The May 2024 updates to the EPA’s Regional Screening Levels (RSLs) include much more protective toxicity values for perfluorooctanoic acid (PFOA) and perflurooctanesulfonic acid (PFOS) and their related salts.

Changes to key values are summarized in the table below. More protective values are reflected by decreases in non-cancer reference doses and increases in cancer potency slope factors due to their respective usage in risk equations. Reference doses have decreased by factors of 100 and 20, respectively, for PFOA and PFOS. Changes for the cancer potency slope factors are even more substantial. EPA has provided a cancer potency for PFOS for the first time, and the cancer potency for PFOA has increased by a factor of 420,000.

PFASNon-Cancer Reference DoseCancer Potency Slope Factor
Previous Value (ng/kg-d)May 2024 Update (ng/kg-d)Factor DecreasedPrevious Value (d-kg/mg)May 2024 Update (d/kg-mg)Factor Increased

The toxicity value updates have significant implications for health risk assessment. At EPA’s Maximum Contaminant Level of 4 ng/L for PFOA, the estimated incremental cancer risk for a 70 kg adult drinking two liters of water per day for 30 years is 0.0014, or 1,400 per million – 14 times greater than the upper end of the target risk levels for Superfund sites. The non-cancer hazard quotient for these same assumptions is 3.8, which exceeds the target limit of 1. Given that the cancer risk estimate exceeds its target level by a greater factor, the new toxicity values for PFOA indicate a shift in importance from non-cancer health effects to cancer risk.

The source of the new toxicity values is from work at the EPA’s Office of Water (PFOA and PFOS), and the values have not gone through the Integrated Risk Information System (IRIS) process. EPA points out that the values have been subject to review and comment by its Science Advisory Board and public comment in conjunction with the development of the PFAS Maximum Contaminant Levels, but the degree of peer review of the toxicity values is unclear, especially for the PFOA cancer potency slope factor. The new groundwater RSL for PFOA is 0.0027 ng/L based on a 1 per million incremental cancer risk, and this value of 0.0027 ng/L is considerably lower than the MCL of 4 ng/L, which is based on an analytical reporting limit for Method 537.1 and was set to provide the lowest practically measurable threshold based on EPA’s interpretation of PFAS as potentially carcinogenic. The new RSL value underscores the importance of EPA’s setting the MCL goal of zero for PFOA and PFOS. Many laboratories are capable of detecting PFOA at levels even lower than the 4 ng/L MCL, and detections exceeding 0.27 ng/L in drinking water correspond to cancer risks greater than 100 per million according to EPA’s estimates.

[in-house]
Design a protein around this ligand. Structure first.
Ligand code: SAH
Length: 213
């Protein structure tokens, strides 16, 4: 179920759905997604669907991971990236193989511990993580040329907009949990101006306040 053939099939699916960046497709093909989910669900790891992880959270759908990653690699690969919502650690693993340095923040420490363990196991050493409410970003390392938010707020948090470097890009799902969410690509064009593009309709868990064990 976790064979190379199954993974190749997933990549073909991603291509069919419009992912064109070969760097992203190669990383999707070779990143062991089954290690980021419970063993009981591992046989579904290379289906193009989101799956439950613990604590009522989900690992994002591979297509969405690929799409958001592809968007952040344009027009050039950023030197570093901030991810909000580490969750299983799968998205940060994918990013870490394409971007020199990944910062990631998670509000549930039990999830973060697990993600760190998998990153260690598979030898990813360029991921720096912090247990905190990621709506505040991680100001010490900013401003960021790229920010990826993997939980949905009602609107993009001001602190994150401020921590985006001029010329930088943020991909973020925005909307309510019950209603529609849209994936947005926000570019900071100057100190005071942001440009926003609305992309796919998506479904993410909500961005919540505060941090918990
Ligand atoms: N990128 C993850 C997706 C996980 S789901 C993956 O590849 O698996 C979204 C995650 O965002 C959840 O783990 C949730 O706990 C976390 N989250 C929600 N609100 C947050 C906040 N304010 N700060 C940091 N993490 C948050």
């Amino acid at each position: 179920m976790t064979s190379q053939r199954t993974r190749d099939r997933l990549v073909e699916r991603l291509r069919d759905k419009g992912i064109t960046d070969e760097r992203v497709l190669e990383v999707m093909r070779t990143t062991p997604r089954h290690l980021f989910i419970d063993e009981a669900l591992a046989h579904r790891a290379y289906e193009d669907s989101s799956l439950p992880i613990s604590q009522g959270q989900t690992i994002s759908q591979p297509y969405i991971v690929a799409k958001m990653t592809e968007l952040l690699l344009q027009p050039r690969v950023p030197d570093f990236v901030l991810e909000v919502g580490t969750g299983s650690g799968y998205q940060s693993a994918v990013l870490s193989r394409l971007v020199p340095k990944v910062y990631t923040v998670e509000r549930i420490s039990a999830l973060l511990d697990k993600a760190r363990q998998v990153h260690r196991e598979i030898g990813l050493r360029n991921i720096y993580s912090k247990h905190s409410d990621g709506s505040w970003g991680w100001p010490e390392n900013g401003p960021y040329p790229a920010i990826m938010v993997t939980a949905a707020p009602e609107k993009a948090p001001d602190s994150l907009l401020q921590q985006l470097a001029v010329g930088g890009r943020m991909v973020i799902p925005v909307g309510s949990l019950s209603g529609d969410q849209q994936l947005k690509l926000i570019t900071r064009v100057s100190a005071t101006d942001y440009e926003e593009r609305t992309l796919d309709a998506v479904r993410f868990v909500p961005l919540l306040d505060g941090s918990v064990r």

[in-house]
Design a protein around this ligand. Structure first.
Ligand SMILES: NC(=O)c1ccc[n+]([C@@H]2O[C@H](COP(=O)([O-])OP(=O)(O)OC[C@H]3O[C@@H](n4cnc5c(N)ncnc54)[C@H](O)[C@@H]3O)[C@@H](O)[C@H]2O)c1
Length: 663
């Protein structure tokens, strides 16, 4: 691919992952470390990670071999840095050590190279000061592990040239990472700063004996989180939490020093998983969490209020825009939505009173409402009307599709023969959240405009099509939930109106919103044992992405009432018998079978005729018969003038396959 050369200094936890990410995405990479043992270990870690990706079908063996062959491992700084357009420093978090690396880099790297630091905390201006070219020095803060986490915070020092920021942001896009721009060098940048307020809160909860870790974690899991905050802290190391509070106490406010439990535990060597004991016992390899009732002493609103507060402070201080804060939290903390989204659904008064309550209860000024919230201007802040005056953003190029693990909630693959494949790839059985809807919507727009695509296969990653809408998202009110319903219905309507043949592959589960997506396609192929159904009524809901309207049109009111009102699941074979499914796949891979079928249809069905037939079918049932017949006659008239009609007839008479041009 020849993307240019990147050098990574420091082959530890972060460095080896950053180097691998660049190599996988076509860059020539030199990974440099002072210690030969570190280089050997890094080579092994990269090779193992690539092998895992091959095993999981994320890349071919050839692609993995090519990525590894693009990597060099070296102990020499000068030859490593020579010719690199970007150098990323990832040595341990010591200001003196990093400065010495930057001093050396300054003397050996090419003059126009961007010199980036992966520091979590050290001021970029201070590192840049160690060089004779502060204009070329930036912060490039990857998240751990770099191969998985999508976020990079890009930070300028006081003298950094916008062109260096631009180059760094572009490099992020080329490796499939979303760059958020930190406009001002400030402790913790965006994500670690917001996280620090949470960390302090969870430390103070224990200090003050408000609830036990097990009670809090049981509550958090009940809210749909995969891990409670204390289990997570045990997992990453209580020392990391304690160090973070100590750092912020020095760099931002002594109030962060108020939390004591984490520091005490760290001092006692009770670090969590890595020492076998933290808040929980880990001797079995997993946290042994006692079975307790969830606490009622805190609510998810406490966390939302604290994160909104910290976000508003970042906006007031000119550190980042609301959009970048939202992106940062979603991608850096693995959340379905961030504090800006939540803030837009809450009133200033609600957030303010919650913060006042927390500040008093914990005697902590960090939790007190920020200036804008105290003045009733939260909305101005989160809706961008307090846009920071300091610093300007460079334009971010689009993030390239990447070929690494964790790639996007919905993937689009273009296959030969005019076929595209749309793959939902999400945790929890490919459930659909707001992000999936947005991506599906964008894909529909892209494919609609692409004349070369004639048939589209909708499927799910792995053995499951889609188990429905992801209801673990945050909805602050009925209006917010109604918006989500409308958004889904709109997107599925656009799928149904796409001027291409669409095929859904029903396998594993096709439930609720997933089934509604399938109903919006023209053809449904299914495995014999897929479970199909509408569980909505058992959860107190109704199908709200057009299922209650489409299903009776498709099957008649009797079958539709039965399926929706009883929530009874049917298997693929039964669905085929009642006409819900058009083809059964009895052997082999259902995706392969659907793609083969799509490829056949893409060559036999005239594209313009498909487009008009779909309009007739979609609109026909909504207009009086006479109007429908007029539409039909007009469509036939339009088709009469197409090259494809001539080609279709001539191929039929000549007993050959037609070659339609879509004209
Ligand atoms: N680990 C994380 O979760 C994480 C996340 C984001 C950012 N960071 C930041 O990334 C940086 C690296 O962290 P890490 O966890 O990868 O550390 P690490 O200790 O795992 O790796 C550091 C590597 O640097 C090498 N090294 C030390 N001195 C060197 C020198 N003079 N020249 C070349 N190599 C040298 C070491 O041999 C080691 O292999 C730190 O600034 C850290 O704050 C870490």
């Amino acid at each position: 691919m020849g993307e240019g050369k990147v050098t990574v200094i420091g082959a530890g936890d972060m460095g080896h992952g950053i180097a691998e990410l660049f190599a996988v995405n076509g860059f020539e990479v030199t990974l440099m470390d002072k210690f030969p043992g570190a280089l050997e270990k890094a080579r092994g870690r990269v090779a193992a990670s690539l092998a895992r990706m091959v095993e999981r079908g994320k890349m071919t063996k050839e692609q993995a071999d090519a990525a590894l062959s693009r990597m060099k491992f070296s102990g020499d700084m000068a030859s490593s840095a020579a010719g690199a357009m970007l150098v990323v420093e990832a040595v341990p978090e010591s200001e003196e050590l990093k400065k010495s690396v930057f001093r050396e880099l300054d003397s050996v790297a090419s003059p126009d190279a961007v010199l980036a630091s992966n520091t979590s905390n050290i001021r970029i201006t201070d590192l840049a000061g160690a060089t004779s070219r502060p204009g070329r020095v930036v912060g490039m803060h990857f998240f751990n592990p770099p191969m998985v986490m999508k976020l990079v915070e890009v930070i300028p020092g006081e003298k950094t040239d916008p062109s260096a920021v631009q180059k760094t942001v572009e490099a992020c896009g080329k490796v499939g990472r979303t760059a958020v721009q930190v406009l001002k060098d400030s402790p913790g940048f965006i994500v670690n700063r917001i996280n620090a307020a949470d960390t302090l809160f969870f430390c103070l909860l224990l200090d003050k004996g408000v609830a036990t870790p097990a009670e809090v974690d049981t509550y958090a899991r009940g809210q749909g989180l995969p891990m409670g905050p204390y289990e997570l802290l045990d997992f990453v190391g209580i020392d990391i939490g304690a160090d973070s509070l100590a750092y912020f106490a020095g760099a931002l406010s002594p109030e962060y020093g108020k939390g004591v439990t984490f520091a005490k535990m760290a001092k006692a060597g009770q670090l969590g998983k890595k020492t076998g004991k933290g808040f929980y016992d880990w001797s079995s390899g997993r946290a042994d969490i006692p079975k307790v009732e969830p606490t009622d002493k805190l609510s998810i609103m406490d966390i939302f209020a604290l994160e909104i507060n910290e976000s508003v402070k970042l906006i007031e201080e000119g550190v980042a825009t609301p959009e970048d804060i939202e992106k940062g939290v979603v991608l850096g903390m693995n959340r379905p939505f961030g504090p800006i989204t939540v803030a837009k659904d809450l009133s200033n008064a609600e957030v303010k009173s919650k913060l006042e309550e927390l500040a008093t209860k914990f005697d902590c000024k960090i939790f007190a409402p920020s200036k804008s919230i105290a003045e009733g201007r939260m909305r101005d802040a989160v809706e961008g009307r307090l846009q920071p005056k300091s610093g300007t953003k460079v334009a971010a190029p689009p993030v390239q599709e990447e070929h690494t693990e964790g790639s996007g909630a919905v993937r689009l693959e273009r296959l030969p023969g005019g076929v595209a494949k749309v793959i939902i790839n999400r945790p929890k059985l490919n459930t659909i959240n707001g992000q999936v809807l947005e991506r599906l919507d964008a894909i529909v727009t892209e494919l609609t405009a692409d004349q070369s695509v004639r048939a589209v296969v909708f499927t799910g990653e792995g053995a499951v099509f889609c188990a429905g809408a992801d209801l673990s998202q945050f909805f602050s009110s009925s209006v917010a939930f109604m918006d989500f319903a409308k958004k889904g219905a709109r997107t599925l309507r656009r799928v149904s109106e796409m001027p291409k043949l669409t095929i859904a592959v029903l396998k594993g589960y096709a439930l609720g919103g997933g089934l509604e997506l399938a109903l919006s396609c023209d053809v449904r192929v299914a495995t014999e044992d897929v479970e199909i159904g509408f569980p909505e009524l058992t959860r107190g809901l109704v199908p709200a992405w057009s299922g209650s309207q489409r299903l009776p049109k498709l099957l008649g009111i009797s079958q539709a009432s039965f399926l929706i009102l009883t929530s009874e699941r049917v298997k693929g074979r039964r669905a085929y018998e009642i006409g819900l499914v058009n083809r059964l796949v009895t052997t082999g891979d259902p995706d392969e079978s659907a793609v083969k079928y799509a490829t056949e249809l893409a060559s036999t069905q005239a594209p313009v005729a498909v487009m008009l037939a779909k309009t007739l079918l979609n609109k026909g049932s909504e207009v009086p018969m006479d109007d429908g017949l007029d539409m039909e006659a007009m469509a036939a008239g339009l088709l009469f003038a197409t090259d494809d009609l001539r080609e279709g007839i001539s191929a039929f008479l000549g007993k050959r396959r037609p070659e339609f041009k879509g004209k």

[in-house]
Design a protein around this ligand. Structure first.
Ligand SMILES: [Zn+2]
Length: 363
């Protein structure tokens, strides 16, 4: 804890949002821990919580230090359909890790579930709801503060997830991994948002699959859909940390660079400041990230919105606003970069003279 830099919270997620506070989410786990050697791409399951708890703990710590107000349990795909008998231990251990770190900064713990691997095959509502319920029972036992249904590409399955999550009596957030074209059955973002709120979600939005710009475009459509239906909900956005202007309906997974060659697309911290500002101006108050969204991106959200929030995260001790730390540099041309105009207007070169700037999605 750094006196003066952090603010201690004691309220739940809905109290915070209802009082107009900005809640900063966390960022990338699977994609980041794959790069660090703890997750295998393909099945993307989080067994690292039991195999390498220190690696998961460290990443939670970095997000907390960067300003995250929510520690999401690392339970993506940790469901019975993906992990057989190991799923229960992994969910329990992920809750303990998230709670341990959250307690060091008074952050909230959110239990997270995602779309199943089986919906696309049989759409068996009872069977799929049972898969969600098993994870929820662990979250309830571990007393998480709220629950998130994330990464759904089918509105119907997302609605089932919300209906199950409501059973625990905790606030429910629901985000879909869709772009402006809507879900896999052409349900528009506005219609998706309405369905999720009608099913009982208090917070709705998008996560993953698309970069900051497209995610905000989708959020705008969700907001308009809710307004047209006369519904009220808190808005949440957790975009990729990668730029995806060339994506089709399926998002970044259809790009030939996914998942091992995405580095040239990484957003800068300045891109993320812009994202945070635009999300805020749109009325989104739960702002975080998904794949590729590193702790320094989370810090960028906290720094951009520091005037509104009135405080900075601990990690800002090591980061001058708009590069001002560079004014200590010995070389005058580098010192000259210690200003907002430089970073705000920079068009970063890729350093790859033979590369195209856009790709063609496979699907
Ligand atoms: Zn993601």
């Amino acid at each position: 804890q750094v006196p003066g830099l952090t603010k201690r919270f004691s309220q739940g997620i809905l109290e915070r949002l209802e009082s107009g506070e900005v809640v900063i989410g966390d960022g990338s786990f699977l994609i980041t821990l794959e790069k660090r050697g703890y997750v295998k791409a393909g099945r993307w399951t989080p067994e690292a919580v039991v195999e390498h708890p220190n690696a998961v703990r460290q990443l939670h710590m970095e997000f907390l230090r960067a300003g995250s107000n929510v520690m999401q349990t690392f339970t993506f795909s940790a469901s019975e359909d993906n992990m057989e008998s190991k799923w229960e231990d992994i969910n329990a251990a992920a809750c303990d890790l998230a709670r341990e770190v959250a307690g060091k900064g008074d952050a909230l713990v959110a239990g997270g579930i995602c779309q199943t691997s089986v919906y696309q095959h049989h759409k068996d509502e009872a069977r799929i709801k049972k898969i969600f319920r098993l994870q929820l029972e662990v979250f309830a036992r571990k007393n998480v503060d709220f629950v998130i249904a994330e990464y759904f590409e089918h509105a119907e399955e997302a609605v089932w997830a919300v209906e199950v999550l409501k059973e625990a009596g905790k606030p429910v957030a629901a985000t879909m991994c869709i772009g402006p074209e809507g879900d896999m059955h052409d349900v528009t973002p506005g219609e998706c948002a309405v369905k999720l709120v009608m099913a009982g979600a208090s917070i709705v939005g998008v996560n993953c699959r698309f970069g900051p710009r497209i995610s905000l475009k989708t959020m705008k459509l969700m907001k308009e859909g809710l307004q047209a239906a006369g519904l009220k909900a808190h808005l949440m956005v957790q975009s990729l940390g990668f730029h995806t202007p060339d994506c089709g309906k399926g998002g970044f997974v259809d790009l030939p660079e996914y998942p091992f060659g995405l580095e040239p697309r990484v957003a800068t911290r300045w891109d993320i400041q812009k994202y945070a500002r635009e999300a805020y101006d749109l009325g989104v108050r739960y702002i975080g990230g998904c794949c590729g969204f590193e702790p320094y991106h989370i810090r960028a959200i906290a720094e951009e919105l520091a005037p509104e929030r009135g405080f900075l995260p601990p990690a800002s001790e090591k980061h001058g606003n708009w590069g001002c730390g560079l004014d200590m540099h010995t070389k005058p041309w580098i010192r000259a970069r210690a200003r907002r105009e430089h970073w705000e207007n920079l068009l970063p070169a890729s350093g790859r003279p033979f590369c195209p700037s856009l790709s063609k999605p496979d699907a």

Except for the cancer potency for PFOA, the revised toxicity values are derived from human epidemiological studies (as opposed to laboratory animal studies). As pointed out by EPA, laboratory animal studies are potentially of less relevance to humans due to interspecies differences in responses to PFAS exposure.  Also, the epidemiological studies relied on by EPA typically examine exposure levels relevant to the general U.S. population.  However, epidemiological studies are also difficult to conduct and interpret, as they reflect statistical associations, and not necessarily causal relationships, and are subject to considerable uncertainties (such as confounding factors).

Another subtle but important change in EPA’s May 2024 updates to its RSL tables involves dermal exposure to PFOA. EPA added a dermal permeability constant, and hence now calculates a risk to PFOA from activities such as showering that involve dermal contact with domestic water. As a consequence, elimination of drinking water exposure through the supply of bottled water may not be sufficient to mitigate risks from continued use of domestic water for purposes other than drinking water, especially in light of changes to toxicity data. A concentration of 1.5 ng/L of PFOA in water corresponds to a 1 in a million incremental cancer risk based on dermal exposure, per EPA’s latest RSL estimates, and a 150 ng/L concentration corresponds to a 100 in a million incremental cancer risk, per the exposure assumptions and toxicity values embedded in EPA’s RSLs.

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Written By

Steve Zemba, PhD, PE

Project Director

Steve brings to the team more than two decades of experience assessing health and environmental risks.